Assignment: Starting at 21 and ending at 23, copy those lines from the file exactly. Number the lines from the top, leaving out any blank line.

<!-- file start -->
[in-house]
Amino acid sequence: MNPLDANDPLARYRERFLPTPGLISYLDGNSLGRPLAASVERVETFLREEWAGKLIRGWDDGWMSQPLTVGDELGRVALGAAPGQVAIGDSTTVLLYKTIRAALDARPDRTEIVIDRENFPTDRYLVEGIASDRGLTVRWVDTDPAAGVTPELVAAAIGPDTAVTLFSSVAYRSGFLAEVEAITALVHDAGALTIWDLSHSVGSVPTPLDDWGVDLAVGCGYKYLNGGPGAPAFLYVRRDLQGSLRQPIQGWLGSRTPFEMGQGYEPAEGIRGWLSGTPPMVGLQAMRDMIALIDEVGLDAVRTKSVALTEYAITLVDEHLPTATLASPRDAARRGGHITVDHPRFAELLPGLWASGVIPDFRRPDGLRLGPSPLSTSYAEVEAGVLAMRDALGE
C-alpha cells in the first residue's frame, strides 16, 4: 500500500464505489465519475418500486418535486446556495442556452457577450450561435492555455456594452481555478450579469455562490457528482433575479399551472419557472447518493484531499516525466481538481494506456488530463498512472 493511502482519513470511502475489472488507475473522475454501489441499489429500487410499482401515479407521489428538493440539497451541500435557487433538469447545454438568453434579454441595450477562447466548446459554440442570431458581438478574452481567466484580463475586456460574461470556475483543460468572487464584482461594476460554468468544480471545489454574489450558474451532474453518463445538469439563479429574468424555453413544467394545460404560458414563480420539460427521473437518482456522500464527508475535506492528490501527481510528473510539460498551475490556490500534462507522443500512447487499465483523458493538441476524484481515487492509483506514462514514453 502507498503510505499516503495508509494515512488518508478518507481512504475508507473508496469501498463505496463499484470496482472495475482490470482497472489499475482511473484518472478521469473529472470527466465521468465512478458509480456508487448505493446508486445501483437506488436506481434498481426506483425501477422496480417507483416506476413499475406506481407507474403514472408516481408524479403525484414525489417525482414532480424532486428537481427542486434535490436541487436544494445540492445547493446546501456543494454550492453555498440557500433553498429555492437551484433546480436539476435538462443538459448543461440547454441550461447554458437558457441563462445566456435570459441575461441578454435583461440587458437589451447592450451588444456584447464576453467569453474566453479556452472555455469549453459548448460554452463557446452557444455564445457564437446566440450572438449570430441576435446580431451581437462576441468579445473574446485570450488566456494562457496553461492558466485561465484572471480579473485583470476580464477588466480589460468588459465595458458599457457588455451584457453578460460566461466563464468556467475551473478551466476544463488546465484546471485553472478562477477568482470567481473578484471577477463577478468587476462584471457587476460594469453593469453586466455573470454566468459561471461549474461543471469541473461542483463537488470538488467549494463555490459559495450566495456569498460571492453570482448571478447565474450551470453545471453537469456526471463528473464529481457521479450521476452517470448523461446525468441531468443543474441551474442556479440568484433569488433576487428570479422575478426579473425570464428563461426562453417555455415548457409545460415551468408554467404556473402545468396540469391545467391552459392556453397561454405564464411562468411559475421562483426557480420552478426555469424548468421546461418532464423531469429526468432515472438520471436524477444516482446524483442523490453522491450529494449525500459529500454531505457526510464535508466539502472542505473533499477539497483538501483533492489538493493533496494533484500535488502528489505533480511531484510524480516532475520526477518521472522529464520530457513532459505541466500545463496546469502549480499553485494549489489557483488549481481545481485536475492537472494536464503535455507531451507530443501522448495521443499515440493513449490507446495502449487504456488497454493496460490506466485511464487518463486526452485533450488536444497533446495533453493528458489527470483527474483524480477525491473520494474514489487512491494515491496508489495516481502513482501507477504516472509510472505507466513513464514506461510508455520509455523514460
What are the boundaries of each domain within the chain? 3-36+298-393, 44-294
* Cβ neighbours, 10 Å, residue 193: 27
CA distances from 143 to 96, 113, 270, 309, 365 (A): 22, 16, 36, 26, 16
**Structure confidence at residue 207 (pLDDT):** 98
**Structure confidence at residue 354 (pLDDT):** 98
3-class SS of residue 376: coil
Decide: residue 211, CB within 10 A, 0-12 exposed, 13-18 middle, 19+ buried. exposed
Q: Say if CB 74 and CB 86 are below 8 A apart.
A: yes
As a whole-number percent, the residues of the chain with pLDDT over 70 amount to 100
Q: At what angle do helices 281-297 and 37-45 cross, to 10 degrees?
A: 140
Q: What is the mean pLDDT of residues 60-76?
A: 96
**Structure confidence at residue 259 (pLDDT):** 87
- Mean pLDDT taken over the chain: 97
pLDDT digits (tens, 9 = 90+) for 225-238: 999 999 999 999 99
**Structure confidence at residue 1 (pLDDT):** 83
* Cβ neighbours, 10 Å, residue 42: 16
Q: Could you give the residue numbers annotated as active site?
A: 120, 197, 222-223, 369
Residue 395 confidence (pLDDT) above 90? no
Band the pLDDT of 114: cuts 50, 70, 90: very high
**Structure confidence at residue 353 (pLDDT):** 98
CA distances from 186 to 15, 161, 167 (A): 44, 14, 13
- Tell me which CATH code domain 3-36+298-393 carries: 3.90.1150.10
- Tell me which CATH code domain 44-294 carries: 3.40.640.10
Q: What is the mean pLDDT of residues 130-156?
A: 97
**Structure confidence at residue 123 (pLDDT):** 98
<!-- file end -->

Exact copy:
**Structure confidence at residue 1 (pLDDT):** 83
* Cβ neighbours, 10 Å, residue 42: 16
Q: Could you give the residue numbers annotated as active site?